7. ^ Book Dilettante. Book Review: The Economics of Ego Surplus, a Novel of Economic Terrorism by Paul McDonnold., OCT 29, 2011.
Chameleon (novel)

Chameleon is a financial thriller novel written by hedge fund manager Richard Hains set during the subprime mortgage crisis, first published by Beaufort Books in 2006.

Clem Chambers

Clement Hadrian Chambers is a British entrepreneur, author, journalist and blogger known as co-founder and boss of ADVFN (LSE:AFN),, which spurred a career as a financial commentator. He is also CEO of Online Blockchain plc.

Dominic Cooper

Dominic Edward Cooper (born 2 June 1978) is an English actor. He has worked in television, film, theatre, and radio, including Mamma Mia! and its sequel Mamma Mia! Here We Go Again. He stars as Jesse Custer on the AMC show Preacher (2016–present). Cooper has also appeared as the young Howard Stark in the Marvel Cinematic Universe, including Captain America: The First Avenger and Agent Carter.

Equity (film)

Equity is a 2016 American financial thriller film directed by Meera Menon, written by Amy Fox and starring Anna Gunn, James Purefoy, Sarah Megan Thomas, and Alysia Reiner.

The film premiered In Competition at the 2016 Sundance Film Festival on January 25, 2016. Shortly before its premiere, it was acquired for theatrical distribution by Sony Pictures Classics and was released in the United States on July 29, 2016 to positive critical reviews.

Harry Markopolos

Harry M. Markopolos (born October 22, 1956) is an American former securities industry executive and an independent forensic accounting and financial fraud investigator. He discovered evidence over nine years suggesting that Bernard Madoff's wealth management business, Bernard L. Madoff Investment Securities LLC, was actually a massive Ponzi scheme. In 2000, 2001, and 2005, Markopolos alerted the U.S. Securities and Exchange Commission (SEC) of the fraud, supplying supporting documents, but each time, the SEC ignored him or only gave his evidence a cursory investigation.Madoff was finally uncovered as a fraud in December 2008, when his sons contacted the Federal Bureau of Investigation. After admitting to operating the largest private Ponzi scheme in history, Madoff was sentenced in 2009 to 150 years in prison.In 2010, Markopolos' book on uncovering the Madoff fraud, No One Would Listen: A True Financial Thriller, was published. It also included an introduction written by a member of his legal team, Gaytri D. Kachroo, with input from his colleagues in the ongoing effort to bring an end to the scheme, Frank Casey, Neil Chelo and Michael Ocrant.Markopolos has criticized the SEC for both failing to discover the Madoff fraud despite repeated tips, and for failing to investigate properly the larger companies it supervised. He described the private moments he had with victims of the Madoff fraud as: "Heartfelt, gut-wrenching things. People trying to commit suicide or losing loved ones who've died of heartbreak."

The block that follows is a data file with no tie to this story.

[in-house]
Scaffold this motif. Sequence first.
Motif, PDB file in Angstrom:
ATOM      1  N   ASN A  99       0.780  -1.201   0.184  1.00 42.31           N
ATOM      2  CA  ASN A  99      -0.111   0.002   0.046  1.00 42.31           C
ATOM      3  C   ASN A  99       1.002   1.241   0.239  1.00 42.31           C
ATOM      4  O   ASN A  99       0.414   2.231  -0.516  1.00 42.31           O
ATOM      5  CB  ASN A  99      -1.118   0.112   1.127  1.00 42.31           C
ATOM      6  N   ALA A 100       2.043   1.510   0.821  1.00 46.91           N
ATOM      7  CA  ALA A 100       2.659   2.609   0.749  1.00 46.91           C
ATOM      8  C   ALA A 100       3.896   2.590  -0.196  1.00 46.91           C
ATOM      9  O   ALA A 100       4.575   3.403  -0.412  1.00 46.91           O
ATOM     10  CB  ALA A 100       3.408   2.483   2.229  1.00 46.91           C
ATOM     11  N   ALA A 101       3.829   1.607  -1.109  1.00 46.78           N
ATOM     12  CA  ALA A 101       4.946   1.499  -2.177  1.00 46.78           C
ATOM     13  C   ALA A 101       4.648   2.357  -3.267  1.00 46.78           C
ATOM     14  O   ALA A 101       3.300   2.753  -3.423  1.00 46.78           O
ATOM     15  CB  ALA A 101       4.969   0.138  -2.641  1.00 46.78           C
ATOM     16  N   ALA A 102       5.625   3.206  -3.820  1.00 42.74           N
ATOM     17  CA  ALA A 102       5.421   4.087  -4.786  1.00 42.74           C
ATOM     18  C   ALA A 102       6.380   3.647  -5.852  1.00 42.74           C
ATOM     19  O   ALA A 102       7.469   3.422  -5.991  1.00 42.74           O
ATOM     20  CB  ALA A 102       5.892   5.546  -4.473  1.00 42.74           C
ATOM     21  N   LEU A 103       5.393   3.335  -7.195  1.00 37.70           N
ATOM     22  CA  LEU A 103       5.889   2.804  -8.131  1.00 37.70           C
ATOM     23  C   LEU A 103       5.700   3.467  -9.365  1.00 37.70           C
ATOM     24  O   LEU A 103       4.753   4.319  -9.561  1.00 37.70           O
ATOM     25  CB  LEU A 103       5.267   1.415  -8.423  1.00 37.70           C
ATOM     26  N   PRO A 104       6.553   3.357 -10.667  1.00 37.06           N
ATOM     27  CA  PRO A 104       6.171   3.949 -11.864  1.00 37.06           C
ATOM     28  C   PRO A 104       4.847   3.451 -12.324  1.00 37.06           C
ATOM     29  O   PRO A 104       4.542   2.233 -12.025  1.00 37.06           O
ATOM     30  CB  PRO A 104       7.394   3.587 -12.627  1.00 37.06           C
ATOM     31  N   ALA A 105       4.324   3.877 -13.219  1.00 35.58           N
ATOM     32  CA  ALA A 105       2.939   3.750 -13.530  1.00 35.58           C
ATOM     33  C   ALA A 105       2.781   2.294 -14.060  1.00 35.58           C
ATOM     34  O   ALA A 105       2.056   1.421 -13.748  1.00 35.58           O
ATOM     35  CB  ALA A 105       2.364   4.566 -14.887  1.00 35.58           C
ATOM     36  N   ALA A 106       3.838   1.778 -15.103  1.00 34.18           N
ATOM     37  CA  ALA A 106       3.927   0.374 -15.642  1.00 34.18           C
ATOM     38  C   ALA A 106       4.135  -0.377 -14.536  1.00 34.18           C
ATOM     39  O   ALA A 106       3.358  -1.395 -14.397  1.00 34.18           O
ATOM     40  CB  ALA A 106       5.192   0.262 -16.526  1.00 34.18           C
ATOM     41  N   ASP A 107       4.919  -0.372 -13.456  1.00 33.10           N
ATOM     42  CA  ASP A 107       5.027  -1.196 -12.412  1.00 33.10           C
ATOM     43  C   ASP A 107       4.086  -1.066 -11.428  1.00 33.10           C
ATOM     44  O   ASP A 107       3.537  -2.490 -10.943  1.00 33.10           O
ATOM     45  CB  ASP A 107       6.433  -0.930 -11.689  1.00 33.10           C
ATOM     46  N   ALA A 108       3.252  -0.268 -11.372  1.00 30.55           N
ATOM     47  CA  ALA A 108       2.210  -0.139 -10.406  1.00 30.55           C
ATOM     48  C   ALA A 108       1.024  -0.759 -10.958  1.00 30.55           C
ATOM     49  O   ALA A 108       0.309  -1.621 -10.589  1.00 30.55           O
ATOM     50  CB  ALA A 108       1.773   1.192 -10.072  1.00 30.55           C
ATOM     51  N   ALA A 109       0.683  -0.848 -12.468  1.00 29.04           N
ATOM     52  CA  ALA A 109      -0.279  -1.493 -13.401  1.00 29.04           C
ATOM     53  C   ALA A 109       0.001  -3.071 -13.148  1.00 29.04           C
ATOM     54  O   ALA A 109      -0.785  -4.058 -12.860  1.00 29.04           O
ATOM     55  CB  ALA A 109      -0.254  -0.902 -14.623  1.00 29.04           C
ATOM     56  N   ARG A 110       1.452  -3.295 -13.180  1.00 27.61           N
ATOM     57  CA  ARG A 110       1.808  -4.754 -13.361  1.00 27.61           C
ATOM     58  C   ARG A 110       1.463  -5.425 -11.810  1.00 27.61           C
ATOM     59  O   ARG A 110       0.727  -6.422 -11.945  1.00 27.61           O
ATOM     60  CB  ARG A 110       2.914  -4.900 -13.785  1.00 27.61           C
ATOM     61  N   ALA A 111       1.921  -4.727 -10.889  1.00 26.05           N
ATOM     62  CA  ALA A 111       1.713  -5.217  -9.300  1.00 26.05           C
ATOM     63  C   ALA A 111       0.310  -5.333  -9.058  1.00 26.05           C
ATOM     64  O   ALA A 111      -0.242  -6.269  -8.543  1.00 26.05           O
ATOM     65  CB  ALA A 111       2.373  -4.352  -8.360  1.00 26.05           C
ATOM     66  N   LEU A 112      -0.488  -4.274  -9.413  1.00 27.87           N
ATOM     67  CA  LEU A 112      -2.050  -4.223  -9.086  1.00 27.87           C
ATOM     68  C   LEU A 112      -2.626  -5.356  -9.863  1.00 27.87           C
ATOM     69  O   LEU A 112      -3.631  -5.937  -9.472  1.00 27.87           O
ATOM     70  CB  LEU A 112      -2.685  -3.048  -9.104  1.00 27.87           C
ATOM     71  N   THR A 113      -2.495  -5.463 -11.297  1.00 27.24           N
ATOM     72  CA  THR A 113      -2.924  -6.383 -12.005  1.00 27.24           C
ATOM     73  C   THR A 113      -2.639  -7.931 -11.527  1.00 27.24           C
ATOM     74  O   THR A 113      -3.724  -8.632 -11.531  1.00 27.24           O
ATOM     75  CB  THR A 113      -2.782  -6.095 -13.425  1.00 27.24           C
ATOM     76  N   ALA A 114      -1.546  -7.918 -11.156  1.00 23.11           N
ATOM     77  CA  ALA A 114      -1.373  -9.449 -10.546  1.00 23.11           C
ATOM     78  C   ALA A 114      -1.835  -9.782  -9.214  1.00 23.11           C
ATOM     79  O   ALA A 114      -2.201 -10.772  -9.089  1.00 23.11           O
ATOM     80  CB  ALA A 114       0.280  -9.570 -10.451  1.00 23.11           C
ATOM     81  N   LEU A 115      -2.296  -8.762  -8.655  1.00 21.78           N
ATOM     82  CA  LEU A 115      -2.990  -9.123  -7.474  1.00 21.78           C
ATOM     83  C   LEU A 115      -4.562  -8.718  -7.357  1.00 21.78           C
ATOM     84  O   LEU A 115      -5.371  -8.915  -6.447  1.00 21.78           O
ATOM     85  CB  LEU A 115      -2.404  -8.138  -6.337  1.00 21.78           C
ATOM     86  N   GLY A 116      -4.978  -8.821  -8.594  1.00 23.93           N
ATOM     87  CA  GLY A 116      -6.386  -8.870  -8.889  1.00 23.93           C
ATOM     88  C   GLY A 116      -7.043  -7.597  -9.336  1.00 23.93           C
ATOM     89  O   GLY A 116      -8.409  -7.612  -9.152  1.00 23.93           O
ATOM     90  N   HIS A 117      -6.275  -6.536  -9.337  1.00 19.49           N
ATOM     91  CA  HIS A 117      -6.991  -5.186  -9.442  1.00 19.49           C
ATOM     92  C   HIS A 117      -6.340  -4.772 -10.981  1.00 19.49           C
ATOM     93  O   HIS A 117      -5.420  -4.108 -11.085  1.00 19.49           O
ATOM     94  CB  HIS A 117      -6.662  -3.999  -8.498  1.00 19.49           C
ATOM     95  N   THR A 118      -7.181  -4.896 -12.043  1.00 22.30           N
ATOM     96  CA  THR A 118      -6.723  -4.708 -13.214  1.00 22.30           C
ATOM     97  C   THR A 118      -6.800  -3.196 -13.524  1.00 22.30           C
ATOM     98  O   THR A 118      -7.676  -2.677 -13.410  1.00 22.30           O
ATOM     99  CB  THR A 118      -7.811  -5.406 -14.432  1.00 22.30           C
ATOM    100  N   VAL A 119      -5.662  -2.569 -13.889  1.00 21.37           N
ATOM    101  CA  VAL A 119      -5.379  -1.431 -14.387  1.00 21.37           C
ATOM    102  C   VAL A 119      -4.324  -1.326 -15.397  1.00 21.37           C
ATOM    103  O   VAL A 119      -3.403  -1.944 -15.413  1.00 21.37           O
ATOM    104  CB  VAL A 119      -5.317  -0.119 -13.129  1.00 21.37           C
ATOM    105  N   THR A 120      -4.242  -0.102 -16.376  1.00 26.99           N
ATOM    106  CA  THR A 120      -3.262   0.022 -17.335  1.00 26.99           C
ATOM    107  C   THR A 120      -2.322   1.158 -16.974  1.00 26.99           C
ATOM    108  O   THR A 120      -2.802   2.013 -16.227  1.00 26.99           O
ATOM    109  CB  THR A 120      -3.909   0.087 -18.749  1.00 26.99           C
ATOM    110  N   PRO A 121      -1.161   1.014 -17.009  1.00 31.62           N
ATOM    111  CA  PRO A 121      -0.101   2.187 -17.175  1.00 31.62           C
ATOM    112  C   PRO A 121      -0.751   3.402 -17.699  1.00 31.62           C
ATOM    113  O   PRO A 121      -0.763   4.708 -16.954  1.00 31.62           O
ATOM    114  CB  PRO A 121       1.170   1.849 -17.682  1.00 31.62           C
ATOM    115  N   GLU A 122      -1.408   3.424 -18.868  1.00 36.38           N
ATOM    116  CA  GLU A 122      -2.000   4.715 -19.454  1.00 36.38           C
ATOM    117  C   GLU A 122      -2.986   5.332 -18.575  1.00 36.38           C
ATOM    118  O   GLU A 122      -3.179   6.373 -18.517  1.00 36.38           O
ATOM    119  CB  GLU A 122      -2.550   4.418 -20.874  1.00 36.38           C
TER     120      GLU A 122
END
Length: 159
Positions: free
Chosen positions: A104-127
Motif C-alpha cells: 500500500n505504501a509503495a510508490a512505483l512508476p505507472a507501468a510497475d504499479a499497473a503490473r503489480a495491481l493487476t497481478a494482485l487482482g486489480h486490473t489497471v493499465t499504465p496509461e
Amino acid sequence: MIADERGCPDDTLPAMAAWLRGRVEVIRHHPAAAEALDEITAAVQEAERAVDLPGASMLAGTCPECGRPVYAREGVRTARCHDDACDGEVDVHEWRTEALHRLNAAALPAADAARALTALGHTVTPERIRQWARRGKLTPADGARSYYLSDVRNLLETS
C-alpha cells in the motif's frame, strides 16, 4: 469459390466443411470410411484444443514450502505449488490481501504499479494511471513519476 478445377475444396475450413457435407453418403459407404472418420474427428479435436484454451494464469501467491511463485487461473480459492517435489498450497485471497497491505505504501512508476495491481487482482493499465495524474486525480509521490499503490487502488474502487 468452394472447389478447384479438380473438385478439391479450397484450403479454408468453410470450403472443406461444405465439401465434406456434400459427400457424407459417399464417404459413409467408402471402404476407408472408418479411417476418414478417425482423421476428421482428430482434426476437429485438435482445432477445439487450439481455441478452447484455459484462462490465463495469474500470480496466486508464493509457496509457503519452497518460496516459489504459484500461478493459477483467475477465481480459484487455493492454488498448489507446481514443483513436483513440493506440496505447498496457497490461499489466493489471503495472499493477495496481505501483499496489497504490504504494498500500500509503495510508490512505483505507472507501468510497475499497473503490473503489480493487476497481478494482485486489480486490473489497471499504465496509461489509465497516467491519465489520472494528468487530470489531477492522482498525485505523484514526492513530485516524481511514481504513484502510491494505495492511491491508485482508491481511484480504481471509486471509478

McSweeney's Publishing is an American for-profit publishing house founded by editor Dave Eggers in 1998, headquartered in San Francisco. McSweeney's initially published only the literary journal Timothy McSweeney's Quarterly Concern, but has grown to publish novels, books of poetry, and other periodicals.